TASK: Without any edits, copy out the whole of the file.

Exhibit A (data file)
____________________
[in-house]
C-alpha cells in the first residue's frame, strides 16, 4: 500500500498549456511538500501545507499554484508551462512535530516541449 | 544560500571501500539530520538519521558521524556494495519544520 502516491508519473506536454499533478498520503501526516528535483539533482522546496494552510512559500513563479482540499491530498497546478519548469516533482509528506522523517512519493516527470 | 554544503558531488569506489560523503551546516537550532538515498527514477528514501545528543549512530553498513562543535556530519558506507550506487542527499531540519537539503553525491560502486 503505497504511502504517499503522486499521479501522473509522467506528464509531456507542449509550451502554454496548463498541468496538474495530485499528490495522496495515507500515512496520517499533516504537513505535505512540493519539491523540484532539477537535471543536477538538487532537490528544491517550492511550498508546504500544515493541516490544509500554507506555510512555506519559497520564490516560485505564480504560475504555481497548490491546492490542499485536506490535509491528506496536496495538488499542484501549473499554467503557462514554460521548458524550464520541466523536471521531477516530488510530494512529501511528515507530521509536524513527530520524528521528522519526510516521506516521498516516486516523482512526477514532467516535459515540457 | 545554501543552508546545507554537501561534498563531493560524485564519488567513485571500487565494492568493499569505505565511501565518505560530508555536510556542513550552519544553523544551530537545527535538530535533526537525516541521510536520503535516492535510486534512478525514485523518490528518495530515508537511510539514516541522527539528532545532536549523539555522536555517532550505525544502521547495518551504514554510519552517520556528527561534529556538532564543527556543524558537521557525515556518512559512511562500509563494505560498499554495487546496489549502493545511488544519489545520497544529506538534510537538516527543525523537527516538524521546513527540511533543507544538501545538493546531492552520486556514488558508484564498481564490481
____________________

[in-house]
C-alpha cells in the first residue's frame, strides 16, 4: 500500500498549456511538500501545507499554484508551462512535530516541449 | 544560500571501500539530520538519521558521524556494495519544520 502516491508519473506536454499533478498520503501526516528535483539533482522546496494552510512559500513563479482540499491530498497546478519548469516533482509528506522523517512519493516527470 | 554544503558531488569506489560523503551546516537550532538515498527514477528514501545528543549512530553498513562543535556530519558506507550506487542527499531540519537539503553525491560502486 503505497504511502504517499503522486499521479501522473509522467506528464509531456507542449509550451502554454496548463498541468496538474495530485499528490495522496495515507500515512496520517499533516504537513505535505512540493519539491523540484532539477537535471543536477538538487532537490528544491517550492511550498508546504500544515493541516490544509500554507506555510512555506519559497520564490516560485505564480504560475504555481497548490491546492490542499485536506490535509491528506496536496495538488499542484501549473499554467503557462514554460521548458524550464520541466523536471521531477516530488510530494512529501511528515507530521509536524513527530520524528521528522519526510516521506516521498516516486516523482512526477514532467516535459515540457 | 545554501543552508546545507554537501561534498563531493560524485564519488567513485571500487565494492568493499569505505565511501565518505560530508555536510556542513550552519544553523544551530537545527535538530535533526537525516541521510536520503535516492535510486534512478525514485523518490528518495530515508537511510539514516541522527539528532545532536549523539555522536555517532550505525544502521547495518551504514554510519552517520556528527561534529556538532564543527556543524558537521557525515556518512559512511562500509563494505560498499554495487546496489549502493545511488544519489545520497544529506538534510537538516527543525523537527516538524521546513527540511533543507544538501545538493546531492552520486556514488558508484564498481564490481